Tuesday, March 5, 2019

What Age 13 Is Like for My Daughter with Down Syndrome

It seems like a few years ago, I was cuddling my small baby in her Noah's Ark themed nursery. It doesn't seem like this baby recently blew out candles on her chocolate cake in celebration of her 13th birthday.

When I held Jaycee in my arms years ago, I often tried to picture what her future would be like. I had many concerns and fears back. Now, I'm living that future. There is plenty of fun and personality in our lives, and fear and concern left years ago.

In true teenage fashion, my daughter has taken an interest in all things feminine. A few makeup supplies can into our house at Christmas. In a short amount of time, she has accumulated 5 tubes of lip stick, 4 eye shadow palates, powder, and blush. We had to carve out makeup application time in our morning routine. I don't wear makeup, so Jaycee has developed this interest on her own.

Similarly, Jaycee has decided she needs her nails painted and looking pretty at all times. She owns dozens of nail polishes and enjoys experimenting with different colors.

Jewelry is another interest of Jaycee's. A few months ago, she cried for a ring while we were shopping in Zales. Before we decided to spend hundreds of dollars on a ring, my husband and I purchased a cheap ring to test her responsibility with it. Jaycee has taken superb care of her now 3 rings and several bracelets. The more bling, the better!

Jaycee likes to carry a purse. She has a compact mirror and lip gloss inside of it. She has a wallet with her own money. Inside her purse, you may also find Peppa Pig or Frozen figures. 

When it comes to fashion, Jaycee loves to shop and pick out her own clothes. This is the child who hated shopping for many years much to my frustration. Now, I can't try on clothes without making sure I have something for her to try on as well. She wears mature looking sweaters that I would love to borrow, but she also has shirts with her favorite Disney characters as well. For the most part, I help her choose her outfits for school, since she doesn't yet understand the importance of dressing for weather conditions.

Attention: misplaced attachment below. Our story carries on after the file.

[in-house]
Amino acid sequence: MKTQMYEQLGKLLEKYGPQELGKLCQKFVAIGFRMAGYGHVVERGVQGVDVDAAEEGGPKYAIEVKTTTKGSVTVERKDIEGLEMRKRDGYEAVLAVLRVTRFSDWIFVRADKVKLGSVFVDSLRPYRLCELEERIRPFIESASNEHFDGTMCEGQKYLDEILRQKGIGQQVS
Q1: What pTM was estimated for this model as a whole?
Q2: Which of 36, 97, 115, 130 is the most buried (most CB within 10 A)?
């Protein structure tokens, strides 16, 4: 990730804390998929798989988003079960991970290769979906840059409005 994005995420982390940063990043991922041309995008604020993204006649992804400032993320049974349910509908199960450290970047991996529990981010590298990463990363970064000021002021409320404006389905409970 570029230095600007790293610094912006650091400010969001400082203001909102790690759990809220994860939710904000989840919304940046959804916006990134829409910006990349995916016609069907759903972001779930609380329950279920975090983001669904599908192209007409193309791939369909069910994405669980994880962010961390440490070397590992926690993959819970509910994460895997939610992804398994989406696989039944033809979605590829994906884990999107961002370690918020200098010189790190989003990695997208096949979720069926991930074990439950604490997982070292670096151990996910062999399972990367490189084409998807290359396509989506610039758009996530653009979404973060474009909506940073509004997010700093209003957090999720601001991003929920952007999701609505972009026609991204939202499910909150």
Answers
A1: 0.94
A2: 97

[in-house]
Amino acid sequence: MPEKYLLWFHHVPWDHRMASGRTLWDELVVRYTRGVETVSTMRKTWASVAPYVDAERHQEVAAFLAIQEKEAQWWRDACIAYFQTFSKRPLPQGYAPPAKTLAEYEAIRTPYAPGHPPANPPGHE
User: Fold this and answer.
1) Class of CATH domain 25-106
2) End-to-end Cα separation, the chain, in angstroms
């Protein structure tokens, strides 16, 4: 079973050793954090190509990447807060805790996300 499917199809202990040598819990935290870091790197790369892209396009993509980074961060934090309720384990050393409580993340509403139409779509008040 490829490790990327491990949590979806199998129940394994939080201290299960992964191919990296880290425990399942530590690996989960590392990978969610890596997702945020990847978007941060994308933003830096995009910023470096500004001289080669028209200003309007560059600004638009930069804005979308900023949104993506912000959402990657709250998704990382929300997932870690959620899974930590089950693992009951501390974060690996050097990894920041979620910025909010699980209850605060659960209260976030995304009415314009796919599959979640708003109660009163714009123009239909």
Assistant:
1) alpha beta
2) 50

Like any other teen, Jaycee is interested in the phone. While many teens may be calling their friends, Jaycee will ask to call her cousin Gabby or grandma. Due to her limited verbal speech, Facetime is her primary way of communicating. She can sign or gesture to her family members on the phone on Facetime, and they can understand her much better. Texting or social media isn't an option since reading and spelling are both hard for her.

What about boys? Relationships are typically an interest of teenagers, but I can't tell if this is true for Jaycee. She loves everyone. She wants to innocently kiss and hug girls and boys that she likes. Friends and family members are all recipients of her acts of love. I don't see her interested in boys in a romantic way, but I'm not around her at school. Maybe I'm wrong. 

While many teenagers are asserting and gaining their independence. Jaycee is becoming independent too but in a different way. Jaycee is learning to do things on her own that other teens probably mastered years ago. She can shower by herself for the most part, but she needs help washing her hair. She hasn't yet mastered zippers, buttons, or tying her shoes. Our solution has been to avoid these when possible. Of course, she has the occasional teenage moment of slamming her bedroom door in anger to something I did. This rarely happens, but when it does, I feel like the mom of any other teenager. I secretly love it!

In short, Jaycee is much like any other girl turning 13. I'm excited to see her grow up and have typical teenage interests. Her speech, fine, and gross motor delays make her teenage years a bit different, but she is becoming her own young woman.

Years ago, I had a multitude of worries as I rocked baby Jaycee and fed her a bottle. Now, I sit with Jaycee on the couch holding a bottle of nail polish knowing that our future will be fun and bright.

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